Paul Bugden, Bugden + Co., London

Ref: Ivy Technology Ltd v Martin [2022] EWHC 1218 (Comm) Henshaw J.

The concept of agency is pervasive throughout the law of carriage of good in many different contexts. Central to agency in law is the conferral of authority by the principal on the agent to alter the legal relations of his principal with a third party in at least some way. An agent is never just an agent but always an agent to do something for someone (the principal) and the difficulty often is to identify precisely what that something is and who that someone is.

In the case of a freight forwarder who intends to act as forwarding agent demonstration of the conferral of authority by the customer to contract with a carrier to carry the goods is critical to the establishment of the role of agent to arrange so that the only contract to carry is that created between carrier and customer.[N1]

It is quite possible, and indeed common, that a freight forwarder might contract to arrange as agent some parts of the work involved in a movement whilst contracting to as principal contractor with regard to other aspects of the work including even some part of the carriage.

it is also possible of course for an agent to have authority to negotiate a transaction or compromise a claim or dispute or otherwise communicate in some way with third parties on his principal’s behalf without having any authority to conclude a contract for the principal; as in the case of a shipbroker who typically will not have his seller’s authority to bind the seller to a sale or charter.

In essence an agency relationship arises either; (a) by the conferral of authority through contract or otherwise by the principal on the agent, which may be express, or implied from the conduct or situation of the parties, or (b) retrospectively, by subsequent ratification by the principal of acts done on the principal’s behalf.

The question whether or not a particular relationship is that of agency depends upon what the parties have in substance agreed, rather than the label which they choose to place on it; UBS v Kommunale Wasserwerke Leipzig [2017] EWCA Civ 1567 para 87 cited in Zedra Trust [2019] EWHC 2191 (Comm) para 32.  What matters is not the parties’ subjective understanding but whether, objectively, authority has been conferred to act on the principal’s behalf; Freeman & Lockyer v Buckhurst Park Properties [1964] 2 QB 480 at 502-503.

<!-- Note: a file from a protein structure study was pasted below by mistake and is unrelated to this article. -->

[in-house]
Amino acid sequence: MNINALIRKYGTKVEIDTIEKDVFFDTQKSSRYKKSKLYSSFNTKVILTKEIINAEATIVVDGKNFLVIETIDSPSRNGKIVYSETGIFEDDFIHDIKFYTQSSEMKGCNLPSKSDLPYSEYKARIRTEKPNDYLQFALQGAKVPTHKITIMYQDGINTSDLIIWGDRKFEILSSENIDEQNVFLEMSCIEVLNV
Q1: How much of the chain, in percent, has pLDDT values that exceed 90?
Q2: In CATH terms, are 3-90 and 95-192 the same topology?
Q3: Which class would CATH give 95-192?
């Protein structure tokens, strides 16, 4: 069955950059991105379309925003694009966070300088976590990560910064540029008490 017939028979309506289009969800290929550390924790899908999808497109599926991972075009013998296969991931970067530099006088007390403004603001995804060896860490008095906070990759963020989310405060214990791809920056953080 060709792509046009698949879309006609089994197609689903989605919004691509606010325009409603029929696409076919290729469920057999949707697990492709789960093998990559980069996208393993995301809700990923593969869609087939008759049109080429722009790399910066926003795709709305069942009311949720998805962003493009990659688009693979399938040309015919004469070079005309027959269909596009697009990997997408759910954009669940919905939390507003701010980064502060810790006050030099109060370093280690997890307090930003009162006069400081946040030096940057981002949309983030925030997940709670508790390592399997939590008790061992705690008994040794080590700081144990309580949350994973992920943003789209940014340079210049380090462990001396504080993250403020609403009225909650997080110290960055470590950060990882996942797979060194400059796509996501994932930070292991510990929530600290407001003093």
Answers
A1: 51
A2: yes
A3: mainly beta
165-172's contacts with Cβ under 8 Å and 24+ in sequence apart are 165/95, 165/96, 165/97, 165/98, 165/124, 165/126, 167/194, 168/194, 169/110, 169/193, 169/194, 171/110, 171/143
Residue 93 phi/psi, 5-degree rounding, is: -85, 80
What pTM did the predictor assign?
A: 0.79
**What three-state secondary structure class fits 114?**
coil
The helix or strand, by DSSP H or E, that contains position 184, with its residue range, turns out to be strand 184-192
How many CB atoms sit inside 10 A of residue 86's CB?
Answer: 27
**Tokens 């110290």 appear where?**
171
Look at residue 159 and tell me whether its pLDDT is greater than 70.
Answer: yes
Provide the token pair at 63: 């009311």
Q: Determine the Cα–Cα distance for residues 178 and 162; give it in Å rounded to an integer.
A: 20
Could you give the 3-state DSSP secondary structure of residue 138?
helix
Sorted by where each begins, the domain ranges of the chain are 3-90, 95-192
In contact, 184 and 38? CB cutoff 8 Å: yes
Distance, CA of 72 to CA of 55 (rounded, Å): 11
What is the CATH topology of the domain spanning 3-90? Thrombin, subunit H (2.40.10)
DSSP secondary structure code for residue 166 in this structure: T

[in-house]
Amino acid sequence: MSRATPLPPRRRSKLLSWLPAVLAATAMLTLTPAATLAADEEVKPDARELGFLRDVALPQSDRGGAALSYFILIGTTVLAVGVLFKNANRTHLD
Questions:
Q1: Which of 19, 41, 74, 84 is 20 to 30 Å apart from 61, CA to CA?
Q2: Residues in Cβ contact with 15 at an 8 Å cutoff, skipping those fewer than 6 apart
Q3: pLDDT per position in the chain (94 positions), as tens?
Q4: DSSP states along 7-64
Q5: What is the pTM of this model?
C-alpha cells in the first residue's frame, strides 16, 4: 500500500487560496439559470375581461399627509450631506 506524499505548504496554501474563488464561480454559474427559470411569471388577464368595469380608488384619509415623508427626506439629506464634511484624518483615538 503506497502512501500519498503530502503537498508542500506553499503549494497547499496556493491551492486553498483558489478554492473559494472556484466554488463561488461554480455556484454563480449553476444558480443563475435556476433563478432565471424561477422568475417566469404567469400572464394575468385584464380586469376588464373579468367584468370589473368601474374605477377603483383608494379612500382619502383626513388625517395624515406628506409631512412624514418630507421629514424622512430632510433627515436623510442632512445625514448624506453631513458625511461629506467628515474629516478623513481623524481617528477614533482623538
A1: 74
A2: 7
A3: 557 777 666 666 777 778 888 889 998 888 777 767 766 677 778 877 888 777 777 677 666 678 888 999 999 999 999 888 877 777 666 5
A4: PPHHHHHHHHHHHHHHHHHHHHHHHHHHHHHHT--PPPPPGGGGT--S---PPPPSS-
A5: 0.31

Conferral of authority will be express where the principal appoints the agent, whether in writing or orally, to act as his agent and the agent acquiesces.  An agency relationship may however be implied in circumstances where one party has acted towards another in such a way that it is reasonable for that other to infer assent to an agency relationship from that conduct.

The conferral of agency authority does not have to be proved by direct evidence. It can be inferred from circumstantial evidence and that circumstantial evidence can include things said by the agent to the other party; Monde Petroleum SA v Westernzagros Ltd [2016] EWHC 1472 (Comm) para 203.

There are innumerable situations in which conferral of agency powers may be implied, though no authority was specifically given in fact. The most usual way in which this occurs is by an unwritten request, or by implication from the recognition by the principal of, or his acquiescence in, the acts of another. On the other side, the consent of the agent may be inferred from his acting on behalf of the principal; but the mere fact that he does what was requested by his principal does not necessarily mean that he does it on the principal’s behalf rather than simply for him.

The recent case of Ivy Technology, whilst not arising in the context of carriage of goods, contains some perceptive comments on when an agency relationship can be implied. It emphasises the difficulty in implying such a relationship where any such agreement or mutual intention, although consistent with an agency relationship, is not inconsistent with some other intended legal relationship.

In cases where there is no relevant express agreement, or objectively viewed mutual intention, so that the existence of an agency relationship is sought to be implied from conduct it must be fatal to the implication of an agency relationship if the parties would have or might have acted as they did in the absence of such a relationship; The Magellan Spirit [2016] 2 Lloyd’s Rep 1 para 29. As stated in UBS v Kommunale Wasserwerke the court should not impose an agency analysis upon a relationship which may better be analysed in other terms, in particular where the intermediary (in that case the car dealer) has its own interest in the transaction as principal.

Hence in these cases at least it is not enough to show conduct that is consistent with an agreement or mutual intention that a forwarder would contract as agent in relation to the relevant work. Rather it is necessary to identify conduct consistent only with such an agreement or mutual intention and inconsistent with that of the relationship of principal contractor.

Note 1: See generally Current Issues in Freight Forwarding: Law and Logistics, SIMONE LAMONT-BLACK, D RHIDIAN THOMAS eds Publication 2017 ISBN 978-1-9999710-0-7 and the chapter therein by the present writer.